2012-11-01

Medal of Honor Warfighter – It’s Like Turkey Bacon

by Yo Snyder

So you have Call of Duty filling the “Michael Bay” niche of shooters,
Battlefield taking care of squad-based, vehicular destruction niche,
Ghost Recon handling the tactical niche, and Halo dominating the sci-fi
shooter niche. That means, in order for Medal of Honor to stand out in
any significant way, it needed to find it’s own place in the modern
world of shooters. In this case, it seems it’s staking out the “based on
the real-world” niche for shooters. Indeed, Medal of Honor Warfighter
is purported to be based on “actual” spec-op missions by various elite
forces around the world. It certainly tries to present and more grounded
and realistic presentation to everything, to the point of almost being
stoic and dour at points. But hey, at least you won’t confuse it with
one of those other shooters…for the most part.

First, I have to say that this game looks really good. The cut scenes
and characters look like something out of a mo-cap (motion capture)
Hollywood production. It’s “uncanny valley” territory. Unfortunately,
this story, which tries to humanize the world of “special-ops” and give
us a peek at the people behind the missions, is so mopey and morose that
it quickly get tedious to watch. I’m a military brat myself, so I know
the toll that life can take on a family, and my dad wasn’t even in
special-ops, so I can’t imagine how much more distressing that must be
for a family when someone has to be gone but you can’t know why or when
or even if they’ll ever return. Still, the whole “I’m out” but then the
threat turns out to be too big and personal that the result is “I’m back
in” plot line is just a little sad-sappy and hard to enjoy. But as I
said, it looks amazing.

However, good looks can only get you so far, as I well know (just
kidding). When the shooting begins, despite being the “realistic”
shooter, its shortcomings become immediately apparent. First, unlike in
Ghost Recon, whenever you have a team or even just a partner, they
aren’t that much help. I found it frustrating that despite being a part
of an “elite” force, often times my teammates would be standing and
shooting someone in the face but still unable to kill them. There were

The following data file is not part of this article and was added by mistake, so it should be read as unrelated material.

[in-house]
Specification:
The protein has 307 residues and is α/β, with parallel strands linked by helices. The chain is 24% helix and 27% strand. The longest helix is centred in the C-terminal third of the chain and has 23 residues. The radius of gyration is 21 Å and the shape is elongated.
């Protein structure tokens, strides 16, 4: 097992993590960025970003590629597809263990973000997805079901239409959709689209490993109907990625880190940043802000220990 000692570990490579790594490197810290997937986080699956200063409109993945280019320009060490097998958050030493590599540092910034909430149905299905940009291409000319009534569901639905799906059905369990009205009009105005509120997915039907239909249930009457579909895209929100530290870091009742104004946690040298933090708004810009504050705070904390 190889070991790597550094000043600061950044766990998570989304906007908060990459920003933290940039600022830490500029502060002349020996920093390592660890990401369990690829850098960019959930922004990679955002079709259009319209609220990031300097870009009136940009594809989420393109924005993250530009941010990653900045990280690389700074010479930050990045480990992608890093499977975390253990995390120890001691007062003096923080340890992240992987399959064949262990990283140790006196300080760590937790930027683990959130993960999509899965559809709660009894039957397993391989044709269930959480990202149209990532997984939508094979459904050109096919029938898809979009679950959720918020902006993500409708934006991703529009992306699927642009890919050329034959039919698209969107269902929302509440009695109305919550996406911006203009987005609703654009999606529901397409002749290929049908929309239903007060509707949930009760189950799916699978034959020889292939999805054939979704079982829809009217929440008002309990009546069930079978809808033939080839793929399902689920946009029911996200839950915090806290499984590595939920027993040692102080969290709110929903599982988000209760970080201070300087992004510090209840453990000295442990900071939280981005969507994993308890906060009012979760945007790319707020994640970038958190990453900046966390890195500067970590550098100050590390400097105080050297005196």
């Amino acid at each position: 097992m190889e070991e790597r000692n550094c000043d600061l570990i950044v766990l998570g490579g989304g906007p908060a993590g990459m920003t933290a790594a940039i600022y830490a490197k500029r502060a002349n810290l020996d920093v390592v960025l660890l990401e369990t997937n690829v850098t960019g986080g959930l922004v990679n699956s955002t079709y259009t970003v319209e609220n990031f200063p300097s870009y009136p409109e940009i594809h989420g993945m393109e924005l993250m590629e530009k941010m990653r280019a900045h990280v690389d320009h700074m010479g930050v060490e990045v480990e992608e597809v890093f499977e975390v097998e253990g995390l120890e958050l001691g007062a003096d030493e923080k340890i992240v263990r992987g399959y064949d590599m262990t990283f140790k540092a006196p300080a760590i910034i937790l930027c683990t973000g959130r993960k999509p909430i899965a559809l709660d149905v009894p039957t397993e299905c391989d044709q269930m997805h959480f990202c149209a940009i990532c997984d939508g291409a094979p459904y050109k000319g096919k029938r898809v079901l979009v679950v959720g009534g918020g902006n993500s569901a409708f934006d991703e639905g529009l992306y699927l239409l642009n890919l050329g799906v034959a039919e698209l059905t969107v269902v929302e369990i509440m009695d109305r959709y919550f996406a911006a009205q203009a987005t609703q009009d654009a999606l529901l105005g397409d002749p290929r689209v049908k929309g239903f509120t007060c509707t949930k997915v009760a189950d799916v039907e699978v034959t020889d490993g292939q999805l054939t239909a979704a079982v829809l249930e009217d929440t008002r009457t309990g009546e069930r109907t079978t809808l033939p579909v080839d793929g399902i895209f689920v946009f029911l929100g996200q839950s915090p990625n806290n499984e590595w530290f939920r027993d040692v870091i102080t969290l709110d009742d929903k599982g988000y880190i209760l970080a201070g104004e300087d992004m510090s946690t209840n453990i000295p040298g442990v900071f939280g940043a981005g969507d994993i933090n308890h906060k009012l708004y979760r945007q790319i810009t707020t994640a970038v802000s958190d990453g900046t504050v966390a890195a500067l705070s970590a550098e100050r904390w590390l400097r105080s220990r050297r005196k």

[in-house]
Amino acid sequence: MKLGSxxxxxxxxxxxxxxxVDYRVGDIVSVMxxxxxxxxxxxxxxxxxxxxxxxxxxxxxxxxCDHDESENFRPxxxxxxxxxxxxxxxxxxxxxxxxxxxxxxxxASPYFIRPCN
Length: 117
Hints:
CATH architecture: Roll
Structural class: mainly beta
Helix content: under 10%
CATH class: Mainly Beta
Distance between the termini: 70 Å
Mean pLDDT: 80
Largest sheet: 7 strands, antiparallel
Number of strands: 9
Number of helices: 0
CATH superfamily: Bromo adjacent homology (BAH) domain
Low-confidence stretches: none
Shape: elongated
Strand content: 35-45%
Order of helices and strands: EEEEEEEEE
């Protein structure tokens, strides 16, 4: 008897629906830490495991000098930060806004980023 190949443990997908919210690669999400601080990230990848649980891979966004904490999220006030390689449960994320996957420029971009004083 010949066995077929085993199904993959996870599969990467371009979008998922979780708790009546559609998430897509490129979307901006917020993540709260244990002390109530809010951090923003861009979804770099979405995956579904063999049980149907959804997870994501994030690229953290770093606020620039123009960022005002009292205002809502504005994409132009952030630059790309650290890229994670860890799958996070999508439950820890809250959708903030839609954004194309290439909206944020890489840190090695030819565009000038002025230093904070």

times in Ghost Recon where I hardly had to pull the trigger because my
team was so efficient. Say what you want about the impact of that on
gameplay, at least I felt like my “elite” team was actually elite.
Secondly, in the portions I played, enemy A.I. seems acutely aware that
it’s only purpose is to line up and die. That’s what they do. I never
really felt like they were out to kill me, just slow me down while
providing some excitement and targets for me to shoot. Finally, this is a
very straight forward shooter. Tactics and thinking are not required.
Go from point to point, breach the occasional door, take to the
occasional on-rails vehicle sequence, and shoot every things that pops
up. I will say that the car chases were kind of fun, and a nice change
of pace. How often do you have a shooter where the vehicles are actually
responsive and handle well? Not very often, but they do here.

Now,
admittedly, I didn’t get to experience much of the multiplayer. If you
rent the game (as I did through GameFly), you of course will need to
purchase an online pass to play the multiplayer portion. You get a two
day trial, but unless you don’t have anything else to do for forty-eight
hours, that’s really not a lot of time to delve into the multiplayer of
any shooter. Still, in the brief time I did get with it, I experienced a
multiplayer that tics off all the appropriate boxes that a shooter
needs for this kind of mode. You have your various classes, which do
indeed have some distinct abilities. You can customize your weapons and
loadouts, and one nice things is when you unlock something, like an
attachment for a weapon, it’s unlocked for every weapon in that same
class. It’s a small difference, but has a pretty big impact on weapon
customization. I liked it. And of course you have little “perks” that
are rewarded for stringing together a good run. You get a choice of
either an offensive or defensive perk, which adds to the strategy of
what to call into the battlefield. Again, a small change that makes a
fairly significant difference to the flow of the game.  The flow of the
games in multiplayer is a bit slower and more deliberate than in other
shooters. It definitely pays to check your corners in this game instead
of just sprinting headlong through the map. However, weapons felt a bit
underpowered, especially the ones you start with. 

Now, I didn’t finish Warfighter,
and as I said, I had minimal time with the multiplayer, which is why
this is all about my impressions and not a full-on review. Medal of Honor Warfighter
is a pretty looking shooter, especially when it gets out of the desert
for levels like the one in the Philippines during a tropical storm. The
cut-scene characters are especially impressive, almost to an Avatar
level…almost, but not quite. The rest of the experience, however,
felt merely average. It succeeds in giving this series the “realism”
edge to help set it apart of its competitors, but outside of the story
and the mission parameter and the jargon-heavy dialogue, the overall
experience is one that’s very familiar and in some ways a bit too
limiting. If this series is going to be the “realistic” shooter, why not
embrace that even more and leave behind the contrivances for gameplay
of the Call of Dutys and the Battlefields? This game is like having
turkey bacon instead of actual bacon; for the most part it’s pretty much
the same thing, but it doesn’t taste quite as good.